Judging by this post at WUWT, one could easily get the impression that changes in ice breakup dates on the Tanana River in Alaska aren’t due to warming. Here’s the record:
Yes there’s a trend, ice breakup is occuring earlier. Yes it’s statistically significant.
But instead of facing what’s right in front of them, the WUWT take is that “…and since Willis mentioned it, there is a correlation between the Nenana break-up date and the Pacific Decadal Oscillation”.
Well yes there is. But not the way they imply. Here’s normalized ice breakup day compared to annual average PDO (instead of inverting the ice breakup data like WUWT, I’ve inverted the PDO index):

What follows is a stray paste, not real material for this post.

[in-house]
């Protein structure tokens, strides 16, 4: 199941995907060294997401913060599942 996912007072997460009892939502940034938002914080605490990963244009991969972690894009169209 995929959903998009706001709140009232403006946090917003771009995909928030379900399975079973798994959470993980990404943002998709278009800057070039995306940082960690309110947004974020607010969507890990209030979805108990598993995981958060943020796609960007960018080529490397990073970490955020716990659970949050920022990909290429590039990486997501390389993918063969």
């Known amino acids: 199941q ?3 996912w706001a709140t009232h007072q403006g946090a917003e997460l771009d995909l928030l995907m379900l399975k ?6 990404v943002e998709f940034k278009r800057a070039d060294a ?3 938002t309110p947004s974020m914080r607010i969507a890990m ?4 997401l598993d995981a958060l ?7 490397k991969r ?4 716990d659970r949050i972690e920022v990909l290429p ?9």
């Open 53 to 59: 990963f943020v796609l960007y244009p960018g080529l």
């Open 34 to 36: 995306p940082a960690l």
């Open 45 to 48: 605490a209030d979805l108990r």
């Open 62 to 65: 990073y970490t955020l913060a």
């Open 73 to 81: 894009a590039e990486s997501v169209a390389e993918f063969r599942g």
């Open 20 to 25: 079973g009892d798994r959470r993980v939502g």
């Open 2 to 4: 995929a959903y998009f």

The correlation isn’t in the long-term behavior, it’s in the year-to-year fluctuations. Let’s emphasize that by adding smoothed curves for both:
Hey, let’s even fit ice breakup day to PDO, then look at the residuals:
Golly. The trend is still there. It’s still statistically significant.
What could be the cause? Hmmmmm… Here’s what WUWT has to say: “I think the warming recorded since the 1960s (with the trending of the breakup earlier in the year) might correlate with the growth of Fairbanks upstream.”
Could it also correlate with warming April temperature? Or are they suggesting that the “urban heat island” from the gigantic metropolis of Fairbanks, Alaska is causing earlier ice breakup 40 miles downriver?